Moving on to the Fukushima exclusion zone, the first thing that strikes you is the fact that instead of seeing the usual signposts, you see the Geiger count boards which ominously display the increasing levels of background radiation that slowly creep up as you go further inside the exclusion zone. Huge piles of radioactive soil are stowed alongside this highway, taken off their roots in an attempt to decontaminate the region. Yes, the picture is grim- but things have started looking up.

Inside the exclusion zone, lies a successful horticulture business which was incorporated by one of the first returning evacuees. As mentioned before, all of this region’s fertile soil was either damaged due to the sea water or was contaminated with radioactivity- but efforts for restoring the soil are on and with the aid of modern technology, it’s possible to grow beautiful flowers which are a refreshing sight to see after the catastrophe. Life is- quite literally- blooming in these areas.

Many of the sterile fields here have now been put to use as the site for creating a solar power plant. This is a great way to generate clean electricity and employment as well for the locals and is hence a major step towards restoring the local economy. 

Now, let’s travel to the town of Onagawa which was on the front line of the 2011 tsunami. While Japan received international aid for battling the aftermath of this tsunami, India was the first international responder and sent a team of the NDRF (National Disaster Relief Force) to Onagawa and the famous Mayor of Onagawa (Mr Yoshiaki Suda) has seen this as a chance for building a strong Japan-India bond. Under Mr Suda’s able leadership, the town of Onagawa- 70% of which was destroyed by the tsunami has now taken a new face. The local authorities ensured that the financial aid received from all over the world was spent to build a town that has a connection with the future generations. They also worked with the students of the local junior high school and took their opinions for the rebuilding process.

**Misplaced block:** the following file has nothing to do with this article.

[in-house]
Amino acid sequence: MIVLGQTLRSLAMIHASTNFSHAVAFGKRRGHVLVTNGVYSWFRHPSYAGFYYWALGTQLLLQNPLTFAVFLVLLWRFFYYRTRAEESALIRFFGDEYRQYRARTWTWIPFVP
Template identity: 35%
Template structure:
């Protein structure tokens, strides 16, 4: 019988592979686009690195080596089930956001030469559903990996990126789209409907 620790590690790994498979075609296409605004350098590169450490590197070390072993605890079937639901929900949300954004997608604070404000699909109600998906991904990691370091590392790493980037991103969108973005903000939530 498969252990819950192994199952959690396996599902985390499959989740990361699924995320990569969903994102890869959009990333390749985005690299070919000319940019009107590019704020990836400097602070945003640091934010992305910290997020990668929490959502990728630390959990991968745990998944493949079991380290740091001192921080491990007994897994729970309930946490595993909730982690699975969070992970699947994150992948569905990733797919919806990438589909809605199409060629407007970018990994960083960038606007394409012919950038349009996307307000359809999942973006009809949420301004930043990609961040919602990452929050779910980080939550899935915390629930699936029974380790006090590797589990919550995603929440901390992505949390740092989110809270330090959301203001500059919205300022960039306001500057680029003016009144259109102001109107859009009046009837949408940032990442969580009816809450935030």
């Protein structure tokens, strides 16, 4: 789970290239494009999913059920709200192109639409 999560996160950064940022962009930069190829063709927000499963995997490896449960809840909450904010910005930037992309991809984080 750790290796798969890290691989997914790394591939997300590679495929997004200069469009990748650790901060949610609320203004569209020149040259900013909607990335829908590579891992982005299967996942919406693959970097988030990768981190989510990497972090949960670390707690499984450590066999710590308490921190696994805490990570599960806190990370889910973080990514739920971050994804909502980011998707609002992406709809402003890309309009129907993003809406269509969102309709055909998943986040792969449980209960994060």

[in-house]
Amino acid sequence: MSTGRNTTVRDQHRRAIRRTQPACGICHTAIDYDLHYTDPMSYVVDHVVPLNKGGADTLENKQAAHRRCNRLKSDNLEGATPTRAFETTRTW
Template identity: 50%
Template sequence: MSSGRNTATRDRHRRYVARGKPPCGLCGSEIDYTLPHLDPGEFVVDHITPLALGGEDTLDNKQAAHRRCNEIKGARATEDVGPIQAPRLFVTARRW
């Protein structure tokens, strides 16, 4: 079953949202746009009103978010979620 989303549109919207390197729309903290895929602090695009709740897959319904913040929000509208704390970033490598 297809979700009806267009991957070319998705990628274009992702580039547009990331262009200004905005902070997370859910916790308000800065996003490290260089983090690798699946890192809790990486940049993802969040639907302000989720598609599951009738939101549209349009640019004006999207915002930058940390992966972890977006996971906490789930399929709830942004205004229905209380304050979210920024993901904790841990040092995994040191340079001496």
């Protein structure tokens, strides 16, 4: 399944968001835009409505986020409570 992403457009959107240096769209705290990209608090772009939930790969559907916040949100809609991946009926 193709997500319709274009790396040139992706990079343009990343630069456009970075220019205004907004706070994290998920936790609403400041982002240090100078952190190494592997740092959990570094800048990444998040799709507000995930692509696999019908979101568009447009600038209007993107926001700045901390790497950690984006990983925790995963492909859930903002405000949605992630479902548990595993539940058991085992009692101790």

In the nearby town of Kesennuma, Ken Watanabe (an internationally acclaimed Japanese actor) has opened a cafe called K-Port in the years after the tsunami. 

Many people have had a celebrity encounter with Mr Watanabe in this cafe and even on the days when he’s shooting in some other location, Mr Watanabe manages to preserve a personal touch with everyone in this cafe by sending a personalised, handwritten fax everyday for all the employees and customers to read. It goes without saying that this cafe is now a popular hangout spot here. 

Along with this cafe, there are several shops lined throughout the promenade- indicating a wave of change which soars way higher than the waves of the tsunami which threatened this town a decade ago.

Madhura Joshi